The Federal Bureau of Investigation (FBI) is investigating the pricing practices of American Express’s foreign exchange international payments department. Citing people familiar with the matter, The Wall Street Journal (WSJ) reported that the investigation is looking into whether the department misled clients about pricing to win over their business.
The probe started last month after it was revealed that Amex’s foreign exchange unit had lured business clients by offering them low rates to convert currency, only to quietly raise the prices.
Sources told WSJ that American Express engaged in the practice for more than a decade, with the department regularly increasing conversion rates without alerting customers in an effort to boost revenue and the commissions that employees in the unit received. The employees went after small and mid-sized businesses (SMBs), a group that represents around one-quarter of American Express’ credit card revenue.
The report added that when clients did complain, the unit would blame technical issues and lower the cost. Employees were also told by managers to keep the details of the payment arrangement “hazy” when talking to would-be customers so they wouldn’t be locked into terms. American Express said at the time that it doesn’t have pricing contracts in place for the lion’s share of its foreign exchange customers.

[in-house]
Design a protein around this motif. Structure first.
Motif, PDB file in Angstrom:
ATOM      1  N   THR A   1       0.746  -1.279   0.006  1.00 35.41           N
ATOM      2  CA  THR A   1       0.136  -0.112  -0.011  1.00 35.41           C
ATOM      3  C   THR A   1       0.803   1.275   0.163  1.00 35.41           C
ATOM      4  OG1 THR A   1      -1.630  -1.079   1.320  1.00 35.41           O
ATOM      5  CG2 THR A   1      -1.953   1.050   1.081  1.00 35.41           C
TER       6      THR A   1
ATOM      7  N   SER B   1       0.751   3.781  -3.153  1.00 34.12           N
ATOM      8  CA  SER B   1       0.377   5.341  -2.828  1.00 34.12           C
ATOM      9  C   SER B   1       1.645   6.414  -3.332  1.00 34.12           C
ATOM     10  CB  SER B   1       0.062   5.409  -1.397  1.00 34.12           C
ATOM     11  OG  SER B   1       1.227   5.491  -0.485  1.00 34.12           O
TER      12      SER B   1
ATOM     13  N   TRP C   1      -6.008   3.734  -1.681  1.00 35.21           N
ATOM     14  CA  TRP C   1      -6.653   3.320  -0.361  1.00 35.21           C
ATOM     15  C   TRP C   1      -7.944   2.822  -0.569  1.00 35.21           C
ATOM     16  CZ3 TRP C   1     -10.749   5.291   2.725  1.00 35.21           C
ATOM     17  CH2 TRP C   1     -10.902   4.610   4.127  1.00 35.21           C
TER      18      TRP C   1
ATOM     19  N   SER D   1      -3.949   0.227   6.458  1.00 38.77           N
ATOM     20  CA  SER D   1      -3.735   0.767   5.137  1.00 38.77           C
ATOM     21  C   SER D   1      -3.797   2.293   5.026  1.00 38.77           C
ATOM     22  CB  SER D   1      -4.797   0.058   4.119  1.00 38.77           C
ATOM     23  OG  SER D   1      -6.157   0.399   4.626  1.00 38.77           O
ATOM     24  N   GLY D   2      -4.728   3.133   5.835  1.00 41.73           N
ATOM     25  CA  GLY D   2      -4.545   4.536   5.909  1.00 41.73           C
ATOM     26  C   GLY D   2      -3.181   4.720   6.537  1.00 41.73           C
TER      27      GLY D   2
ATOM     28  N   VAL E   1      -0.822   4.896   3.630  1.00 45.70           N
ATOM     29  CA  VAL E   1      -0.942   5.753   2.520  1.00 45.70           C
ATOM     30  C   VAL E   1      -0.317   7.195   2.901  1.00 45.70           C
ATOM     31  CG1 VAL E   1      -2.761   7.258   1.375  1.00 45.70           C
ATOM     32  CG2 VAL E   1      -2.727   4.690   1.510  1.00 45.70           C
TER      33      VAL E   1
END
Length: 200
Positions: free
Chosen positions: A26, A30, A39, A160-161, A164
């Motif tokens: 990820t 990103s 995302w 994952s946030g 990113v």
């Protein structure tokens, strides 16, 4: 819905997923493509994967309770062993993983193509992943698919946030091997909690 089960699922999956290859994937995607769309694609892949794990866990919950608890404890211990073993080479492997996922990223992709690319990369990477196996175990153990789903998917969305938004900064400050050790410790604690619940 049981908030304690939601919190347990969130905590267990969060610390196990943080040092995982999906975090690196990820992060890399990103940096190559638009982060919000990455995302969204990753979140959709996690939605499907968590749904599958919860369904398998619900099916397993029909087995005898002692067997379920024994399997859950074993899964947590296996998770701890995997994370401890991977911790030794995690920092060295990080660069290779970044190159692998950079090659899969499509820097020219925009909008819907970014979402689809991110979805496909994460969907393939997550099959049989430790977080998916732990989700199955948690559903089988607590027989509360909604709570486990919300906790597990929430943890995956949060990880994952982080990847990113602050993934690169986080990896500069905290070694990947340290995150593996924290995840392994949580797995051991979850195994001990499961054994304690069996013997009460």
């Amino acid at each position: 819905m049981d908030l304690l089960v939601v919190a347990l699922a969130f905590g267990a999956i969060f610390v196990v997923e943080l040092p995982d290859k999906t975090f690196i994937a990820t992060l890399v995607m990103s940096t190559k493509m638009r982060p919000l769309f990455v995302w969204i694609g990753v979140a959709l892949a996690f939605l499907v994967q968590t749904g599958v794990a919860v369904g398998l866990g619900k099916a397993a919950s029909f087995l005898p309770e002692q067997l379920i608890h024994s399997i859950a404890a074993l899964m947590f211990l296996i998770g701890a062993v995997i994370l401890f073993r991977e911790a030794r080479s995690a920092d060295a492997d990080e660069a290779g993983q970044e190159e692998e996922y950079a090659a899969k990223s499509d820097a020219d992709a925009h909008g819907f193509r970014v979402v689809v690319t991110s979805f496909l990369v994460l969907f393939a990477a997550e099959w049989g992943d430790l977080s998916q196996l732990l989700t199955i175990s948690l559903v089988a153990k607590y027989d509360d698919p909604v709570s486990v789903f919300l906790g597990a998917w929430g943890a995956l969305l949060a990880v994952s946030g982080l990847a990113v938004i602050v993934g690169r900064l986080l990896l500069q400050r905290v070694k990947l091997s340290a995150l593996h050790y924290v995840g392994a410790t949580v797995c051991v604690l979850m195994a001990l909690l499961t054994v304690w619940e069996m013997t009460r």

“We have training, control and compliance oversight, and believe that our transactions are completed and reported in a fair and transparent manner at the rates which the client has authorized,” said spokeswoman Marina Norville. “We constantly reinforce the importance of acting in the best interest of our customers.”
The FBI isn’t the only agency looking into the allegations: The Office of the Comptroller of the Currency (OCC) is also investigating how Amex disclosed pricing to customers.
Amex declined to comment about both probes, but news of the investigations sent the company’s shares down 1.2 percent on Wednesday (Sept. 5).